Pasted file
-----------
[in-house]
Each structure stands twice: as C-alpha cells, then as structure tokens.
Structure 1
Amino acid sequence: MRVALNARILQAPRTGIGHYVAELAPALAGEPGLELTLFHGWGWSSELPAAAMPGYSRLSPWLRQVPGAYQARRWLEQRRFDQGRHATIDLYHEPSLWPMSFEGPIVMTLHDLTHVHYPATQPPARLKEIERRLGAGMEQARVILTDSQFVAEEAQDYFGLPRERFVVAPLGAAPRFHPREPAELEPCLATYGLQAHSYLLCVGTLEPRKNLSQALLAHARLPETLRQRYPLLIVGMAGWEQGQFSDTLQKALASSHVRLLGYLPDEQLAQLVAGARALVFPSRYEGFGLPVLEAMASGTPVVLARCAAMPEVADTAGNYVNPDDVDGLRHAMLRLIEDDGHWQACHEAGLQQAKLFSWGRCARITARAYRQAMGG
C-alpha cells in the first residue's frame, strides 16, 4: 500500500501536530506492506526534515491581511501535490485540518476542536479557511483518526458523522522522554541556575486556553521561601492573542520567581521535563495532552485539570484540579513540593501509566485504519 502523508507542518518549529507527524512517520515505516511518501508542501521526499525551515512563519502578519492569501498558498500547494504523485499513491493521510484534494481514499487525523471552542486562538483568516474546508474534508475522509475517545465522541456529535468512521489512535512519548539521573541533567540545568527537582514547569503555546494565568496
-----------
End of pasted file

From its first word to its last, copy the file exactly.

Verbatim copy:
[in-house]
Each structure stands twice: as C-alpha cells, then as structure tokens.
Structure 1
Amino acid sequence: MRVALNARILQAPRTGIGHYVAELAPALAGEPGLELTLFHGWGWSSELPAAAMPGYSRLSPWLRQVPGAYQARRWLEQRRFDQGRHATIDLYHEPSLWPMSFEGPIVMTLHDLTHVHYPATQPPARLKEIERRLGAGMEQARVILTDSQFVAEEAQDYFGLPRERFVVAPLGAAPRFHPREPAELEPCLATYGLQAHSYLLCVGTLEPRKNLSQALLAHARLPETLRQRYPLLIVGMAGWEQGQFSDTLQKALASSHVRLLGYLPDEQLAQLVAGARALVFPSRYEGFGLPVLEAMASGTPVVLARCAAMPEVADTAGNYVNPDDVDGLRHAMLRLIEDDGHWQACHEAGLQQAKLFSWGRCARITARAYRQAMGG
C-alpha cells in the first residue's frame, strides 16, 4: 500500500501536530506492506526534515491581511501535490485540518476542536479557511483518526458523522522522554541556575486556553521561601492573542520567581521535563495532552485539570484540579513540593501509566485504519 502523508507542518518549529507527524512517520515505516511518501508542501521526499525551515512563519502578519492569501498558498500547494504523485499513491493521510484534494481514499487525523471552542486562538483568516474546508474534508475522509475517545465522541456529535468512521489512535512519548539521573541533567540545568527537582514547569503555546494565568496